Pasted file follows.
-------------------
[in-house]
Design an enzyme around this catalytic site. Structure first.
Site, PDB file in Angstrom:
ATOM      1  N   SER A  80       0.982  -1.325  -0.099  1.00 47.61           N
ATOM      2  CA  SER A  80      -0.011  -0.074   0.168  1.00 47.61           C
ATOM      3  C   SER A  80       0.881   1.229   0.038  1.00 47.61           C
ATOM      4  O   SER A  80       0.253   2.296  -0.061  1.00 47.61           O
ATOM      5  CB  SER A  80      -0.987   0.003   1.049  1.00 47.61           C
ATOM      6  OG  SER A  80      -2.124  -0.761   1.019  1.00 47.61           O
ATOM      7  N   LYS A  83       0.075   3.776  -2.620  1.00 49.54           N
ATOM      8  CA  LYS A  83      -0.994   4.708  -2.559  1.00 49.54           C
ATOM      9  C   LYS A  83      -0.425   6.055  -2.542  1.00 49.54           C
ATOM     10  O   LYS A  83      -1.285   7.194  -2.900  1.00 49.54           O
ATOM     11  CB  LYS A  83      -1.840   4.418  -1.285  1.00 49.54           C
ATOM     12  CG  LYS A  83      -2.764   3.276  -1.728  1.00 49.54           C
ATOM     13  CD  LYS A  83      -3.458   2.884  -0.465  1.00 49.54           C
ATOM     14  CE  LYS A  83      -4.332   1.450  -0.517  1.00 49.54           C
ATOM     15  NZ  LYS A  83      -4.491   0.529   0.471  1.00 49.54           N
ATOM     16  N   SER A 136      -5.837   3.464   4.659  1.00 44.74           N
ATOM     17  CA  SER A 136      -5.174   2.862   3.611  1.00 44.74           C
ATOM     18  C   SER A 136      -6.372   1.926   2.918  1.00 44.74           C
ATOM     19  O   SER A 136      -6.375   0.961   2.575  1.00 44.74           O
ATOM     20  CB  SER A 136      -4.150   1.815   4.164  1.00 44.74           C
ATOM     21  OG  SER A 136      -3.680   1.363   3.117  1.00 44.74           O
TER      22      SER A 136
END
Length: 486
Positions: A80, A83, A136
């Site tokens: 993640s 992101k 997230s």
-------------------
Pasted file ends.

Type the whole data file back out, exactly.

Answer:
[in-house]
Design an enzyme around this catalytic site. Structure first.
Site, PDB file in Angstrom:
ATOM      1  N   SER A  80       0.982  -1.325  -0.099  1.00 47.61           N
ATOM      2  CA  SER A  80      -0.011  -0.074   0.168  1.00 47.61           C
ATOM      3  C   SER A  80       0.881   1.229   0.038  1.00 47.61           C
ATOM      4  O   SER A  80       0.253   2.296  -0.061  1.00 47.61           O
ATOM      5  CB  SER A  80      -0.987   0.003   1.049  1.00 47.61           C
ATOM      6  OG  SER A  80      -2.124  -0.761   1.019  1.00 47.61           O
ATOM      7  N   LYS A  83       0.075   3.776  -2.620  1.00 49.54           N
ATOM      8  CA  LYS A  83      -0.994   4.708  -2.559  1.00 49.54           C
ATOM      9  C   LYS A  83      -0.425   6.055  -2.542  1.00 49.54           C
ATOM     10  O   LYS A  83      -1.285   7.194  -2.900  1.00 49.54           O
ATOM     11  CB  LYS A  83      -1.840   4.418  -1.285  1.00 49.54           C
ATOM     12  CG  LYS A  83      -2.764   3.276  -1.728  1.00 49.54           C
ATOM     13  CD  LYS A  83      -3.458   2.884  -0.465  1.00 49.54           C
ATOM     14  CE  LYS A  83      -4.332   1.450  -0.517  1.00 49.54           C
ATOM     15  NZ  LYS A  83      -4.491   0.529   0.471  1.00 49.54           N
ATOM     16  N   SER A 136      -5.837   3.464   4.659  1.00 44.74           N
ATOM     17  CA  SER A 136      -5.174   2.862   3.611  1.00 44.74           C
ATOM     18  C   SER A 136      -6.372   1.926   2.918  1.00 44.74           C
ATOM     19  O   SER A 136      -6.375   0.961   2.575  1.00 44.74           O
ATOM     20  CB  SER A 136      -4.150   1.815   4.164  1.00 44.74           C
ATOM     21  OG  SER A 136      -3.680   1.363   3.117  1.00 44.74           O
TER      22      SER A 136
END
Length: 486
Positions: A80, A83, A136
């Site tokens: 993640s 992101k 997230s």